[0025]FIG. 1 is a schematic diagram of an electronic media distribution system;

[0026]FIG. 2 is a schematic diagram illustrating the structure of an MPEG-2 transport stream; and

[0027]FIG. 3 is a schematic diagram illustrating the structure of an MPEG-2 transport packet.

[0028] An integrated system for uniquely identifying and tracking audio/video material items, in order to facilitate planning, acquisition and generation of audio/video productions will now be described with reference to FIG. 1. In general, the integrated system according to FIG. 1 provides a facility for identifying items of audio/video material within an audio/video production as well as the audio/video production itself, from conception, to acquisition, to generation, to viewing and analysis. This integrated system can be used to facilitate copyright licensing and billing for use of particular audio/video material items. As will be explained, the system for identifying uniquely the audio/video material items and the audio/video productions provides a facility for planning subsequent audio/video productions in accordance with previously produced audio/video productions and consumer analysis information representing the relative audience for these audio/video productions. The planning information, which was used to generate the audio/video production, and the consumer analysis information indicating a relative success of the audio/video production is fed back to enrich a knowledge base for generating subsequent productions.

[0029]FIG. 1 provides an illustrative representation of the integrated system for the planning, acquisition, production, emission and analysis of audio/video productions. In FIG. 1 an asset management system 1 is shown to comprise a data processor 2 which is arranged in operative association with a first program database 4, a rights database 6, and a consumer analysis database 8 the purpose and function of which will be explained shortly. The asset management system 1 is arranged to maintain a database in which Unique Metadata Identifier (UMID) which uniquely identifies items of audio/video material are associated with a Unique Program Identifier (UPID) which uniquely identifies a program. A program is an audio/video production which is comprised of a combination of items audio/video material items, some of which may be generated during an acquisition stage of the system. As a result each UPID will be associated with at least one UMID representing the audio/video material from which the program corresponding to the UPID is comprised.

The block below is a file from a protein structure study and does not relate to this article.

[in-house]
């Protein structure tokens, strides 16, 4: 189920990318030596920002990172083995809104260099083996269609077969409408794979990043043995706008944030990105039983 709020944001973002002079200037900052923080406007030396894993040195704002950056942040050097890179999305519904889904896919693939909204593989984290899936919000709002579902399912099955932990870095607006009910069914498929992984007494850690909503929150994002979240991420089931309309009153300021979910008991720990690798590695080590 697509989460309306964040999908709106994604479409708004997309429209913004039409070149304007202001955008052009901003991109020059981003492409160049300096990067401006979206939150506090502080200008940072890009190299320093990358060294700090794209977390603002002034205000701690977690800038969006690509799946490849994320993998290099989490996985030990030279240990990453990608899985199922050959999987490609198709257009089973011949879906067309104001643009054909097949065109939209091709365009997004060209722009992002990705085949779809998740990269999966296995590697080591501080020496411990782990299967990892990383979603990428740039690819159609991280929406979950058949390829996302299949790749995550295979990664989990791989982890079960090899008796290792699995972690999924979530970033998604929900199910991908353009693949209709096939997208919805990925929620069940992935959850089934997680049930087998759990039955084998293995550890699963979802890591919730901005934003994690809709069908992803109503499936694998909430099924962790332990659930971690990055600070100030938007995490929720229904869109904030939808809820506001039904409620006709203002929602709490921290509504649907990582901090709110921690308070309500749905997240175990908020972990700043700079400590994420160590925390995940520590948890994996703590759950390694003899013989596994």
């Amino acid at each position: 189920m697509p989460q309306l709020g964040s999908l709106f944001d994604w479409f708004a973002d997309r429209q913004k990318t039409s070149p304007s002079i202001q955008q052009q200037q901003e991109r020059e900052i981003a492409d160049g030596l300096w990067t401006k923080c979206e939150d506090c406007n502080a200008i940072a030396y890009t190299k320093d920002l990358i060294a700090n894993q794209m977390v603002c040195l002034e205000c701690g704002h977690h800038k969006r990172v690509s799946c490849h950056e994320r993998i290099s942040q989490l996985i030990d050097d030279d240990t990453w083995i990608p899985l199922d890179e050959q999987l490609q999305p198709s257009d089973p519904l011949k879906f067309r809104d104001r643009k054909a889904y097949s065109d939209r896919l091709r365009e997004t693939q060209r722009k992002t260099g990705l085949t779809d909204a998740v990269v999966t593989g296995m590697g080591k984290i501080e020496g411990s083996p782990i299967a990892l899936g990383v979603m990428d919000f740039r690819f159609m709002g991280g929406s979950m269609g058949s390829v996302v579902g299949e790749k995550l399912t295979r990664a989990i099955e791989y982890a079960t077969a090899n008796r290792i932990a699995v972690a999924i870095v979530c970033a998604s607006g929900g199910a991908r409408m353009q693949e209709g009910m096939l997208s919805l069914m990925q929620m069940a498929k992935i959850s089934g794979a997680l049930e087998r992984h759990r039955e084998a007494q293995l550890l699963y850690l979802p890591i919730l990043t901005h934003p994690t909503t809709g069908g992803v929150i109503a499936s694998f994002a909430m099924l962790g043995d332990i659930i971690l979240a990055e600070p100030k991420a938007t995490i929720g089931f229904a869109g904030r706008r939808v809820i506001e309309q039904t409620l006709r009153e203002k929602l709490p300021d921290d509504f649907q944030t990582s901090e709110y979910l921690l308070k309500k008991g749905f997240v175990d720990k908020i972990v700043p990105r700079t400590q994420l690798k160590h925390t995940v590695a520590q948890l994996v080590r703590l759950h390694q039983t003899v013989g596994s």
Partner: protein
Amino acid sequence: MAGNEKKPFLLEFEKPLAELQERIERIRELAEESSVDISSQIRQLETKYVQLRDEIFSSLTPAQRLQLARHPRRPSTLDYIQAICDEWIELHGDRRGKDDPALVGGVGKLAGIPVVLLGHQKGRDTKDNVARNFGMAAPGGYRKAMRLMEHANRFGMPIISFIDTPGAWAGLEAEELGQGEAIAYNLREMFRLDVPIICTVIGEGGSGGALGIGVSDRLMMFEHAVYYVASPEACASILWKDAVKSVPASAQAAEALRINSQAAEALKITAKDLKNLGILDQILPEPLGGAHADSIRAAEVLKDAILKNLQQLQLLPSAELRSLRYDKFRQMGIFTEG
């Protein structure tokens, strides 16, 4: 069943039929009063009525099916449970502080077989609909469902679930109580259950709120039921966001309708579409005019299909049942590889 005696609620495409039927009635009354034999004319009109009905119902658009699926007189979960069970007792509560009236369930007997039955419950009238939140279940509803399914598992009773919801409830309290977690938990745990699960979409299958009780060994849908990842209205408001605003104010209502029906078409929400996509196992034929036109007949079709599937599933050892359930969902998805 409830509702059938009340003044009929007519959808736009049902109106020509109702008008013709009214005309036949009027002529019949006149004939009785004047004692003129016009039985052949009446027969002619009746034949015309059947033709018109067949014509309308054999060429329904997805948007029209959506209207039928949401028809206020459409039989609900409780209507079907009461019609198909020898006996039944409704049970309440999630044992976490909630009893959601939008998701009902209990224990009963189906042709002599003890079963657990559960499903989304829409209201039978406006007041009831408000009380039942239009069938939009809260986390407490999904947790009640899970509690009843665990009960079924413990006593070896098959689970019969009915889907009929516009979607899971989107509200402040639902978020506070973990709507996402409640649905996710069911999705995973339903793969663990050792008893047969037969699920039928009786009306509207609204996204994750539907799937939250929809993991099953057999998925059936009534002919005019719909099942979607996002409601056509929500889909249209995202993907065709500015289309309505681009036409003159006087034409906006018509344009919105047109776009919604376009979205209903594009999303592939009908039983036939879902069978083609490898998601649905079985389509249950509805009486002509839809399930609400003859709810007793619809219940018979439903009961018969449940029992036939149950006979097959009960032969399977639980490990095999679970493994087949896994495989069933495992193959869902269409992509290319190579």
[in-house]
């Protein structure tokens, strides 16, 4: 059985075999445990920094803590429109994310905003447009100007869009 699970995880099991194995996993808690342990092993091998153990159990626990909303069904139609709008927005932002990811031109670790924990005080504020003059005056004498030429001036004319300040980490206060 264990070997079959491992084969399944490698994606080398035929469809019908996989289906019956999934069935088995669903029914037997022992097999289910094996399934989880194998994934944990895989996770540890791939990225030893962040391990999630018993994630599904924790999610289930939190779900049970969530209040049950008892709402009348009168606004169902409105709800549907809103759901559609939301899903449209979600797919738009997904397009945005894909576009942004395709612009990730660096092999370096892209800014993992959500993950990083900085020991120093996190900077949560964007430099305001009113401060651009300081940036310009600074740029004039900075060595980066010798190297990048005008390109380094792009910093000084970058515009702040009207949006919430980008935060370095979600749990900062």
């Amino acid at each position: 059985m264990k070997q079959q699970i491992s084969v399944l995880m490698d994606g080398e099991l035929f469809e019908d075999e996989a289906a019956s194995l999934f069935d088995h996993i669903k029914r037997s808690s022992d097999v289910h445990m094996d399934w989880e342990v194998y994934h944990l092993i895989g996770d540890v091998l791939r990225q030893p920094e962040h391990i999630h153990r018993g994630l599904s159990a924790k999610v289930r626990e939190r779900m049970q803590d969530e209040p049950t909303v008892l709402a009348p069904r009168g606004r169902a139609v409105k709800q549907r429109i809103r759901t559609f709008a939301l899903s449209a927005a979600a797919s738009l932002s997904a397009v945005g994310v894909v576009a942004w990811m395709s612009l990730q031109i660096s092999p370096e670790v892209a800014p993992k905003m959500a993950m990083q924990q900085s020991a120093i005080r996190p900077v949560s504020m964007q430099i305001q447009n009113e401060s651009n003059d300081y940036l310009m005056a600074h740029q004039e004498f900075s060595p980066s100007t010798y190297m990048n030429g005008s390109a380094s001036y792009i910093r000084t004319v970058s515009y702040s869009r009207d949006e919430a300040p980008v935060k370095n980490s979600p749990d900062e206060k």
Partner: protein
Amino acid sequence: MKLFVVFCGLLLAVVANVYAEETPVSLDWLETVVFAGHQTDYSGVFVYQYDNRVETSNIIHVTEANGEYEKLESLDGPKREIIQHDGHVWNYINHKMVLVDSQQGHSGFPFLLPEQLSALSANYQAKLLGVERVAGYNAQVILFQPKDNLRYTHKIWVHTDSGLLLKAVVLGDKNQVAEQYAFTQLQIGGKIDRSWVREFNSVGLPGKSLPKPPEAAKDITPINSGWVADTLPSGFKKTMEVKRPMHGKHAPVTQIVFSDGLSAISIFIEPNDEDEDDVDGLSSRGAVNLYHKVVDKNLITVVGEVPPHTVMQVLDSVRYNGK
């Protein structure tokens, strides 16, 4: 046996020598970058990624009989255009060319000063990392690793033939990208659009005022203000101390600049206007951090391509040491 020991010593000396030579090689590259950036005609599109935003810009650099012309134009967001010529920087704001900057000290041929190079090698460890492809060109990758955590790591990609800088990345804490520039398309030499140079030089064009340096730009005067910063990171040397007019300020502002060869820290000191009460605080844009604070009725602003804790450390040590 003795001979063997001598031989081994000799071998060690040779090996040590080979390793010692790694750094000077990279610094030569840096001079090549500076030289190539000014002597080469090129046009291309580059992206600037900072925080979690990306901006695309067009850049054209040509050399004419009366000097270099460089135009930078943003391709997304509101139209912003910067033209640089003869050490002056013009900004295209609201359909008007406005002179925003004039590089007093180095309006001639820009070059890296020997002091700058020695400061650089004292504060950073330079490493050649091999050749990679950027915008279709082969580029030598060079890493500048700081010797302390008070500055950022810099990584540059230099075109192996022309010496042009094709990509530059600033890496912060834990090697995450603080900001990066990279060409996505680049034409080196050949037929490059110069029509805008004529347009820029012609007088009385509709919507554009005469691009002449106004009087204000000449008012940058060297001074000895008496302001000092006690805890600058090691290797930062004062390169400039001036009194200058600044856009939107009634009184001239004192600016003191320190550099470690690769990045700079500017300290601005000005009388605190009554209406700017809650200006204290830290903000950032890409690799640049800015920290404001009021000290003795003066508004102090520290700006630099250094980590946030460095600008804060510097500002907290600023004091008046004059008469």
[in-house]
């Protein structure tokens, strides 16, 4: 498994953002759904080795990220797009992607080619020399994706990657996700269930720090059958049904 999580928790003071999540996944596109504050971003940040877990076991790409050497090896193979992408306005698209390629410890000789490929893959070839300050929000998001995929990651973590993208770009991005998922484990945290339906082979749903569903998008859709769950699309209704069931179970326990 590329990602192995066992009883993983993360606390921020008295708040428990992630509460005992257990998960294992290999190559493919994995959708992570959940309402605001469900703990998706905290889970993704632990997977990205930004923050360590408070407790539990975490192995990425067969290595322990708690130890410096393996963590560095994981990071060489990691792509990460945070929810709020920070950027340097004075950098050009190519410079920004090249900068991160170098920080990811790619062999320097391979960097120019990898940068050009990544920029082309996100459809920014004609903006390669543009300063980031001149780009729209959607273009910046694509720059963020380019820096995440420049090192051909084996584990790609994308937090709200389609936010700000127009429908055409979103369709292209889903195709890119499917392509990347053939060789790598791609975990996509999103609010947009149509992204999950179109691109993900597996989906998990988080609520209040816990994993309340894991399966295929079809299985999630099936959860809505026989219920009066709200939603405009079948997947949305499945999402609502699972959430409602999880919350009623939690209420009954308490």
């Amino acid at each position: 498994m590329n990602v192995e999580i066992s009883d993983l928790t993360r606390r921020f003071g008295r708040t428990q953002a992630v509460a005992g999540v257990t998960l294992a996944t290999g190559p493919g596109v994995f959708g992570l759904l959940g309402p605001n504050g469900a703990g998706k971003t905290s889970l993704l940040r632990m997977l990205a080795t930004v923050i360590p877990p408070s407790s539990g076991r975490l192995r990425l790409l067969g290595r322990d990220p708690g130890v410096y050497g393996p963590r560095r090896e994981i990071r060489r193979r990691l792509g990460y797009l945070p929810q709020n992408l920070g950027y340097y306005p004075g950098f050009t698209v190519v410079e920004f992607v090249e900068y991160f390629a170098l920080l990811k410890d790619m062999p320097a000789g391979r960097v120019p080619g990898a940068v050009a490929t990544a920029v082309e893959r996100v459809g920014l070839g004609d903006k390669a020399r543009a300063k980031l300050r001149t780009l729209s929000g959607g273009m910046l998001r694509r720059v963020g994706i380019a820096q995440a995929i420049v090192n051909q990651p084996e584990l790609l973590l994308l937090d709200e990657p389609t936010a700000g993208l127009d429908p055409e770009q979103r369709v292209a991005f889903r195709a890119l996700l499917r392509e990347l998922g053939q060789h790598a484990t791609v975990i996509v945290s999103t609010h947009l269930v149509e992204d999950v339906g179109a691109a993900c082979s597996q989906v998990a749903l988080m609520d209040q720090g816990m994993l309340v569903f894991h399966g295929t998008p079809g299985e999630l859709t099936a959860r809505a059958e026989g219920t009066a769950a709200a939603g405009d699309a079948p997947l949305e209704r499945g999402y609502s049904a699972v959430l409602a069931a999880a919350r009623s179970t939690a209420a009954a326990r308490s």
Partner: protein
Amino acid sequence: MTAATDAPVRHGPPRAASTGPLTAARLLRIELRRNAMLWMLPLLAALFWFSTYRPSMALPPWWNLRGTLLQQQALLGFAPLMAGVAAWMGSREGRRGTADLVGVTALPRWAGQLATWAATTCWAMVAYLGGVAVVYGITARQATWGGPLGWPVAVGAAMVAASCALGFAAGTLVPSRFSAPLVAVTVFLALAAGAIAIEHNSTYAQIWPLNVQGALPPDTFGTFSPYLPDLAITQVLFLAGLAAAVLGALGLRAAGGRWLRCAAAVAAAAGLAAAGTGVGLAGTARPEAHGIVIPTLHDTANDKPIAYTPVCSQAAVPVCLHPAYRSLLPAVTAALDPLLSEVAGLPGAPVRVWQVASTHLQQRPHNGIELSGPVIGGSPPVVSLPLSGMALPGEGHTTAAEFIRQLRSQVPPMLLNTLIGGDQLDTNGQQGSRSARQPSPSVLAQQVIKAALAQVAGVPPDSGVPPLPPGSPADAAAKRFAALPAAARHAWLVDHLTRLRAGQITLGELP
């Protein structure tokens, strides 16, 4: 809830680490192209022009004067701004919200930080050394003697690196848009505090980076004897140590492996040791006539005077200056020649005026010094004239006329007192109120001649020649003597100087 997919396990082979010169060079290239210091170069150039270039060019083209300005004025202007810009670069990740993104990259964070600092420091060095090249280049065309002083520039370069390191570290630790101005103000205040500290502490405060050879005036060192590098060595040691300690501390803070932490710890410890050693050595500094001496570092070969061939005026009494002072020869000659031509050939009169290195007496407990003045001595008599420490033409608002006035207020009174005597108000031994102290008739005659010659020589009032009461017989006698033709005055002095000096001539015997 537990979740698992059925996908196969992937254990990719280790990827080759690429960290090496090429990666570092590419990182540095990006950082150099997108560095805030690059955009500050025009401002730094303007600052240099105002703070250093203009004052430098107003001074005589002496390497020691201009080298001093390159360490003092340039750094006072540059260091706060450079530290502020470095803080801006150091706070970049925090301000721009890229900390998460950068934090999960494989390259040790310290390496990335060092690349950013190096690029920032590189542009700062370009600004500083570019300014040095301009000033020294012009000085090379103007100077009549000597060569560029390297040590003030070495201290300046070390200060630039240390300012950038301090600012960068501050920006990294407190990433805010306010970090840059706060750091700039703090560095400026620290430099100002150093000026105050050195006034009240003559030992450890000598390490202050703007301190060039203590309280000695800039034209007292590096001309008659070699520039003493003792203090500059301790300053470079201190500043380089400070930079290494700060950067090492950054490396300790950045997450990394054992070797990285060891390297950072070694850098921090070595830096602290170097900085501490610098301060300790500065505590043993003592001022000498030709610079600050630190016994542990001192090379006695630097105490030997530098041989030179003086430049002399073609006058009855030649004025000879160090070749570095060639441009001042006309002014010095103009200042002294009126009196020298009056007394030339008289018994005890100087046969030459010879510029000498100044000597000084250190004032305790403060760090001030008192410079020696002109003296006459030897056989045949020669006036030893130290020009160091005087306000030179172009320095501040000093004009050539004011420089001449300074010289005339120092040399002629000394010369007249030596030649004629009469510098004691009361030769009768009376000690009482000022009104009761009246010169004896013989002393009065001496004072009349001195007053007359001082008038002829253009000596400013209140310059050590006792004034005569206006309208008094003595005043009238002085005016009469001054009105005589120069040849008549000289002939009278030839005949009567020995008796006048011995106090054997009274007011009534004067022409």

[0030] The generation of the UPID in associate with the UMID will now be explained. At a first planning and concept stage 10 a format or sequence of audio/video material is identified. This is typically identified as a combination of scenes and within each scene a number of shots which represent action events within the scene. However each shot may require a number of takes. A take is an item of content from which audio/video material is generated which may result, for example, from a camera taking real time action which is recorded as a continuous event. The planning stage might also identify product placements and sponsorship items which must be included within the audio/video program. As represented by an arrow 12 it is at this stage which a UPID is assigned to the audio/video program. In preferred embodiments the asset management system is a central registry and the assignment of UPID is effected by sale, providing the unique UPID in exchange for money. The producers of the audio/video program at the planning and concept stage 10, may also interrogate the asset management system for viewing Figures produced when similar audio/video programs have been previously shown. This is also held in the asset management system 1 which is populated, as will be described shortly, with viewing Figures captured when an audio/video program is emitted. Hence the viewing Figures which form part of a collection of strategic information is received at the planning and concept stage 10 as represented by the broken line 14.

[0031] The term emitted will be used to described the distribution of the audio/video program on any medium, which includes terrestrial and satellite broadcast, as will as sale on video tape and digital versatile disc.